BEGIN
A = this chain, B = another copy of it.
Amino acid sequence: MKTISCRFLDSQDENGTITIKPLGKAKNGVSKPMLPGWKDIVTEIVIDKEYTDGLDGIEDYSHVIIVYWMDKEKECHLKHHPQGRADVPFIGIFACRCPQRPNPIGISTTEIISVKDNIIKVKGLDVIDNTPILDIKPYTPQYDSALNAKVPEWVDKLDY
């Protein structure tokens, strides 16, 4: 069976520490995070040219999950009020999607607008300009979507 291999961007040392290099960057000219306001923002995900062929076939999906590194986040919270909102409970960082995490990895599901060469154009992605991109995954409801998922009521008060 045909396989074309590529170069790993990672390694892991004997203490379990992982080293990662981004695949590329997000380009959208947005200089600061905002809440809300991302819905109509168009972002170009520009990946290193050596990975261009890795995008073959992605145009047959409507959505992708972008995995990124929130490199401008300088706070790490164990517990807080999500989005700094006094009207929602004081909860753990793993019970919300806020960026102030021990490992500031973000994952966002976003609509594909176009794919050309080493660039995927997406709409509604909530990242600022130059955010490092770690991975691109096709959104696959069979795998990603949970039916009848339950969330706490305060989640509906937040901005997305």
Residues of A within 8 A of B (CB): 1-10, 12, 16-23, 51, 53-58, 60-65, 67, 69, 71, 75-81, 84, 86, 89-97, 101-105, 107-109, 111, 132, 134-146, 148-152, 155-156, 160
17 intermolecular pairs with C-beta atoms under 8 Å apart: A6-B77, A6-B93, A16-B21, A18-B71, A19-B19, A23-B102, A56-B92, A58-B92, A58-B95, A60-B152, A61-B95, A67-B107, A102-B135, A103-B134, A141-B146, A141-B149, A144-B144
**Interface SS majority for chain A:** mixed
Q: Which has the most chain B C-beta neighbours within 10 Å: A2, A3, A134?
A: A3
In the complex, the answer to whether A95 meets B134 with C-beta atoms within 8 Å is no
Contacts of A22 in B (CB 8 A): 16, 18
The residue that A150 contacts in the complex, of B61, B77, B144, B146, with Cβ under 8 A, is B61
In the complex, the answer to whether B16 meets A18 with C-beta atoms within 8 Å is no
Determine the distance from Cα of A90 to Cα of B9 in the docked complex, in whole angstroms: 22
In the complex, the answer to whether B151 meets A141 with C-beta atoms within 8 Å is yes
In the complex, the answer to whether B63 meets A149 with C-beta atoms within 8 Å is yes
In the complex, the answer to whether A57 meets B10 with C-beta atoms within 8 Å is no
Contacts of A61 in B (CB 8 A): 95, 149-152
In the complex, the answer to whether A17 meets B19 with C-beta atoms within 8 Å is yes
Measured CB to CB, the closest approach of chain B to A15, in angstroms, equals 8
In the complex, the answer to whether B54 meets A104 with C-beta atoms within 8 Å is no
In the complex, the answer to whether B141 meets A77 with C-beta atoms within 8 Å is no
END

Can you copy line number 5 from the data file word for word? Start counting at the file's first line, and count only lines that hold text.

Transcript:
17 intermolecular pairs with C-beta atoms under 8 Å apart: A6-B77, A6-B93, A16-B21, A18-B71, A19-B19, A23-B102, A56-B92, A58-B92, A58-B95, A60-B152, A61-B95, A67-B107, A102-B135, A103-B134, A141-B146, A141-B149, A144-B144